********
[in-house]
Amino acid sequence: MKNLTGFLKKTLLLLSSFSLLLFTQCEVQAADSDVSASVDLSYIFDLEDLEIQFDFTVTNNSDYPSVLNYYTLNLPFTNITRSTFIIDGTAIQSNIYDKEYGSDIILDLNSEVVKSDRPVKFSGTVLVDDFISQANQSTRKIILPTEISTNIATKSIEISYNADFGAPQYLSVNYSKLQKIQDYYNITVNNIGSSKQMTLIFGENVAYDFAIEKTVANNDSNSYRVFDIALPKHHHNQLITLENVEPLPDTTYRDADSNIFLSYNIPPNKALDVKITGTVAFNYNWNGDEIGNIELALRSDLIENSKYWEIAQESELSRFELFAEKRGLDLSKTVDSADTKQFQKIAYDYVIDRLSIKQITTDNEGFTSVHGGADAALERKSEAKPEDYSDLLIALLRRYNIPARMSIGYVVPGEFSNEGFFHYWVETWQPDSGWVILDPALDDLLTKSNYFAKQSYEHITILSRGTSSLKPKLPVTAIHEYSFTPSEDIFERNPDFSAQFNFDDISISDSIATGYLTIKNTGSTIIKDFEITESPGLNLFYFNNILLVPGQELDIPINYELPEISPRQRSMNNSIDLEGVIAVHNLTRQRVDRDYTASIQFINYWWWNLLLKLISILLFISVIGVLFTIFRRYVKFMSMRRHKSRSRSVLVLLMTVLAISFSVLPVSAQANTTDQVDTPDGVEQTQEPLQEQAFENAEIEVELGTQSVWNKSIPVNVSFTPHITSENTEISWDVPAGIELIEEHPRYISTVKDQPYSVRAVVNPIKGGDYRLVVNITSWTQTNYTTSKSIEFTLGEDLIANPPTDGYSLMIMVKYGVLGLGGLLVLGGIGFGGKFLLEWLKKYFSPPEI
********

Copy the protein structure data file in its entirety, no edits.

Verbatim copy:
[in-house]
Amino acid sequence: MKNLTGFLKKTLLLLSSFSLLLFTQCEVQAADSDVSASVDLSYIFDLEDLEIQFDFTVTNNSDYPSVLNYYTLNLPFTNITRSTFIIDGTAIQSNIYDKEYGSDIILDLNSEVVKSDRPVKFSGTVLVDDFISQANQSTRKIILPTEISTNIATKSIEISYNADFGAPQYLSVNYSKLQKIQDYYNITVNNIGSSKQMTLIFGENVAYDFAIEKTVANNDSNSYRVFDIALPKHHHNQLITLENVEPLPDTTYRDADSNIFLSYNIPPNKALDVKITGTVAFNYNWNGDEIGNIELALRSDLIENSKYWEIAQESELSRFELFAEKRGLDLSKTVDSADTKQFQKIAYDYVIDRLSIKQITTDNEGFTSVHGGADAALERKSEAKPEDYSDLLIALLRRYNIPARMSIGYVVPGEFSNEGFFHYWVETWQPDSGWVILDPALDDLLTKSNYFAKQSYEHITILSRGTSSLKPKLPVTAIHEYSFTPSEDIFERNPDFSAQFNFDDISISDSIATGYLTIKNTGSTIIKDFEITESPGLNLFYFNNILLVPGQELDIPINYELPEISPRQRSMNNSIDLEGVIAVHNLTRQRVDRDYTASIQFINYWWWNLLLKLISILLFISVIGVLFTIFRRYVKFMSMRRHKSRSRSVLVLLMTVLAISFSVLPVSAQANTTDQVDTPDGVEQTQEPLQEQAFENAEIEVELGTQSVWNKSIPVNVSFTPHITSENTEISWDVPAGIELIEEHPRYISTVKDQPYSVRAVVNPIKGGDYRLVVNITSWTQTNYTTSKSIEFTLGEDLIANPPTDGYSLMIMVKYGVLGLGGLLVLGGIGFGGKFLLEWLKKYFSPPEI